Widths less than 9'0"will usually require extra area to accommodate comparable furniture. Aside from sleeping, the bedroom is the center of dressing and undressing activities. An interrelationship exists between dressing, storage of clothes, and the bedroom. Inevitably, in a small apartment, it is not only economical but necessary to plan the use of the bedroom for more than one activity. It is essential to incorporate in the bedroom other functions such as relaxation, work, or entertainment.

A master bedroom should accommodate at least one double bed 4'6" x 6'6" or two single beds 3'3" x 6'6" each, one crib 2'4" x 1'5" if necessary, one dresser 3'6" x 1'10", one chest of drawers 2'6" x 1'10", one or two chairs 1'6" x 1'6" each, two night tables, and possibly a small desk or table 1'6" x 3'0".

Figures 1 to 3 illustrate three configurations and the furniture clearances and room sizes required. Ample storage is essential. Each bedroom requires at least one clothes closet. For master bedrooms, at least five linear feet of closet length is needed. For secondary bedrooms, at least three linear feet is needed.

Clothes closets require a clear depth of two feet. Each bedroom shall have at least one closet that meets or exceeds the following standards 1.

Length for primary bedroom: At least 5'4" clear hanging space b. Lowest shelf shall not be over 6'2" above the floor of room 4. One shelf and rod with at least 12 inches clear space above shelf 5. The U. Department of Housing and Urban Development recommends the arrangement illustrated in this diagram. Net area: The most likely occupants of this type of bedroom are adults, school-age children of the same sex, children of different sexes who are less than 9 years old, and preschoolers.

The bathroom should be convenient to the bedroom zone, and accessible from the living and work areas. Linen storage should be accessible from the bathroom, but not necessarily located within the bathroom. Each complete bathroom should be provided with the following: Grab-bar and soap dish at bathtub 2. Toilet paper holder at water closet 3. Soap dish at lavatory may be integral with lavatory 4.

Towel bar 5. Mirror and medicine cabinet or equivalent enclosed shelf space 6. In all cases where shower head is installed, provide a shower rod or shower door Each half-bath should be provided with items 2 to 6 listed above. A lavatory height above the floor of 37 to 43 in, or 94 to It should be noted, however, that common practice is to locate the lavatory in the neighborhood of 31 in above the floor In order to establish the location of mirrors above the lavatory, eye height should be taken into consideration.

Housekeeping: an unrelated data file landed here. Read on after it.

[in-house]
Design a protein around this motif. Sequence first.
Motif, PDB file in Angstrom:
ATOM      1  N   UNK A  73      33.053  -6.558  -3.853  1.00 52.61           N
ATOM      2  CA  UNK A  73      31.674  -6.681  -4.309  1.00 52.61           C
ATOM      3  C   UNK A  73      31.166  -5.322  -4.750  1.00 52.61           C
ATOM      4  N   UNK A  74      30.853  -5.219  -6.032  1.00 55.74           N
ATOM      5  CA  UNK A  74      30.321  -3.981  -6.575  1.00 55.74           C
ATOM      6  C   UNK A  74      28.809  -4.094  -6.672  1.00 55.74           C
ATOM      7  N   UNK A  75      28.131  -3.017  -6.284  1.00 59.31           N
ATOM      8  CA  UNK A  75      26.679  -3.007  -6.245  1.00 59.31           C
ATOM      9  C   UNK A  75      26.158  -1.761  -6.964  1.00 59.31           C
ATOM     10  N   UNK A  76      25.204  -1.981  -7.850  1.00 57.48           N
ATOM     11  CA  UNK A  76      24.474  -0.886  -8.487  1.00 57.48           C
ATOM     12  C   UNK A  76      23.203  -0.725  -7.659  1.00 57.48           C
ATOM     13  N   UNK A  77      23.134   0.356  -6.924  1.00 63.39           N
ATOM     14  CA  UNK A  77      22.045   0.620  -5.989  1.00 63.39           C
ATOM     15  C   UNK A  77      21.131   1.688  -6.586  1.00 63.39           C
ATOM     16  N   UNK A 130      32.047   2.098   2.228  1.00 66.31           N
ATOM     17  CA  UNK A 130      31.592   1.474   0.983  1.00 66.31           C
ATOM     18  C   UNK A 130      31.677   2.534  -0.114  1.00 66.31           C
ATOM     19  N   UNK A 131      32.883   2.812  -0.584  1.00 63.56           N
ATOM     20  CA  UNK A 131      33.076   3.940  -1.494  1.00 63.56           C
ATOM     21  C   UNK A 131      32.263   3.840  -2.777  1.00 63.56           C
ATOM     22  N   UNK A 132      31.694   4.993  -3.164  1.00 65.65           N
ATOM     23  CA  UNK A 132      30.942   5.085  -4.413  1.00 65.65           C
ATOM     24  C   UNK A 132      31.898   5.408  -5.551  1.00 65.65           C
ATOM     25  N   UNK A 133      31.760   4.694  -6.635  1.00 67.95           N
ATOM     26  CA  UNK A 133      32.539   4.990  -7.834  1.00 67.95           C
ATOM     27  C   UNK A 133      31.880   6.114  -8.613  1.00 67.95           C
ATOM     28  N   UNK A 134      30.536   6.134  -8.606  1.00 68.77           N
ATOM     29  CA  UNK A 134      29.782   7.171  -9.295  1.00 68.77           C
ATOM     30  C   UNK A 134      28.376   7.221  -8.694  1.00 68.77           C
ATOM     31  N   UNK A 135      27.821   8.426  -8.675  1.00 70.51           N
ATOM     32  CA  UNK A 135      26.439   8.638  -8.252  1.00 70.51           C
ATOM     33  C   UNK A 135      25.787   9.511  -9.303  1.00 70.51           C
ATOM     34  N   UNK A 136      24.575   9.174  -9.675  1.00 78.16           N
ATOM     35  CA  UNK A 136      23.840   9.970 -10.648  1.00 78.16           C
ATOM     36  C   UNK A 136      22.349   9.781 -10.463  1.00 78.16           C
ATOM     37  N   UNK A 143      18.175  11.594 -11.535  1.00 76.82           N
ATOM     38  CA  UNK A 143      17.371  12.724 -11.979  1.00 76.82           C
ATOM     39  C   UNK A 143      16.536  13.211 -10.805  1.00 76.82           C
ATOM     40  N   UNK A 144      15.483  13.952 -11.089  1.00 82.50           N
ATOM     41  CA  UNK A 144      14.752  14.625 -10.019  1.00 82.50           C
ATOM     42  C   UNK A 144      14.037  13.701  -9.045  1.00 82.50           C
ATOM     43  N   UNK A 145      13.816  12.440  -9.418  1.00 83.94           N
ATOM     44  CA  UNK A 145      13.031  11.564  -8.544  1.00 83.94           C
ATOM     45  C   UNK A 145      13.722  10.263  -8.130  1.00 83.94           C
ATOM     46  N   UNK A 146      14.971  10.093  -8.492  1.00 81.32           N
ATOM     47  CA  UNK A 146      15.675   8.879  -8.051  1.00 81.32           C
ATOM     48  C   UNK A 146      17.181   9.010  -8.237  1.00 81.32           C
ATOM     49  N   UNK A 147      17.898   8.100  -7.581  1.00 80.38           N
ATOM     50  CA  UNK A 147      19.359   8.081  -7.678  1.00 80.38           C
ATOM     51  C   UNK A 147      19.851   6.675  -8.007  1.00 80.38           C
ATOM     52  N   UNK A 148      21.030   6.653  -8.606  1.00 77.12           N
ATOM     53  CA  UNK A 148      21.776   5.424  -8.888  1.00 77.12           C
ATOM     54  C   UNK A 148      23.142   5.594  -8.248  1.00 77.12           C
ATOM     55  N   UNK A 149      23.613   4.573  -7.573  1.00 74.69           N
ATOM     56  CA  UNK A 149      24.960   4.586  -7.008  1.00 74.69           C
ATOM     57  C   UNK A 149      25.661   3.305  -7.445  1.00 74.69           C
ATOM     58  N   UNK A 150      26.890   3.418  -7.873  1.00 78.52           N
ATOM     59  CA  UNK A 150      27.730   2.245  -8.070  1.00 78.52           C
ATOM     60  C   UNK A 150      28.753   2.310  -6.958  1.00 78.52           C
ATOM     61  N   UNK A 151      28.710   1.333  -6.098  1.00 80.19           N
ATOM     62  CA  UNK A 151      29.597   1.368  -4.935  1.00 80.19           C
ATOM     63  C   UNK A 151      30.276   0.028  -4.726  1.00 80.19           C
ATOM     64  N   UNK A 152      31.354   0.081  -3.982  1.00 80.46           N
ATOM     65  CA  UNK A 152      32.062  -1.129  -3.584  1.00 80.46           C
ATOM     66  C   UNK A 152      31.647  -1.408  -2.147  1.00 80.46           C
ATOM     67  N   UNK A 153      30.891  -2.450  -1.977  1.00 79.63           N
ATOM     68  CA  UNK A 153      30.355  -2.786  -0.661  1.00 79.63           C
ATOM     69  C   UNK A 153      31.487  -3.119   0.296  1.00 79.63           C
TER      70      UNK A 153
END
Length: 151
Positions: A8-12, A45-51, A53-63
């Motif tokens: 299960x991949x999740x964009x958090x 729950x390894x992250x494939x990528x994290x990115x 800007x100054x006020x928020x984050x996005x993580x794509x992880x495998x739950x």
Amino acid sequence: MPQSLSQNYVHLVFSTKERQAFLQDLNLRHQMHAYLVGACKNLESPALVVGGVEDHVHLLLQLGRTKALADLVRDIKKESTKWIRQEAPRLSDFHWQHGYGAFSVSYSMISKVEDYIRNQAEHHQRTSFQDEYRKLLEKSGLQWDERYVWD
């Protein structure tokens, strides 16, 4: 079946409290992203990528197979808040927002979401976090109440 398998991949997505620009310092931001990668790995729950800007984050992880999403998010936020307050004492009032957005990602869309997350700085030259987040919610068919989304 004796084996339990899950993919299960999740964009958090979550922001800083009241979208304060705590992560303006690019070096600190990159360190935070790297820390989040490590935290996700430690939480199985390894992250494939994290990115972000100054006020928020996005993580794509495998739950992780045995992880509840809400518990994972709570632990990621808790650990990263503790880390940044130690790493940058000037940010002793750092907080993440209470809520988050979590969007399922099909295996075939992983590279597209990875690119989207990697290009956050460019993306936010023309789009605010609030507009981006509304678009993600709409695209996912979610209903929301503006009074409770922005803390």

Figure 2 explores, in much the same manner, the anthropometric considerations related to women and children. Given the great variability in body sizes to be accommodated within a single family, a strong case can be presented for the development of a height adjustment capability for the lavatory. Until that is developed, there is no reason, on custom installations, why the architect or "" interior designer cannot take anthropometric measurements of the client to ensure proper interface between the user and the lavatory.

There is a proliferation of state and local legislation in this regard, and, more recently, federal legislation Americans with Disabilities Act of , that provides design guidelines and requirements. The designer should become familiar with those codes and other requirements in her or his area prior to initiation of design and, where possible, go beyond the very minimum standards. The design of the bathroom is perhaps one of those areas where the interface between the physically disabled and the interior space is the most critical.

Accordingly, on this page and the following pages are design guidelines prepared by the Veterans Administration and the U. More space should be allocated when possible. All must be responsive to human dimension and body size if the quality of interface between the user and the components of the interior space are to be adequate.

In establishing clearances between counters, the maximum body breadth and depth of the user of larger body size must be taken into account as well as the projections of the appliances. Refrigerator doors, cabinet drawers, dishwashing machine doors, and cabinet doors all project to some degree in their open position into the space within which the user must circulate and must be accommodated. Standard kitchen counter heights manufactured are all about 36 in, or But such a height does not necessarily accommodate the body dimension of all users for all tasks.

Certain cooking activities, for example, maybe more efficiently performed from a standing position, but with a counter height less than 36 in. In overhead cabinets the upper shelves are usually inaccessible to the smaller person, while the lower shelves are usually inaccessible to most without bending or kneeling.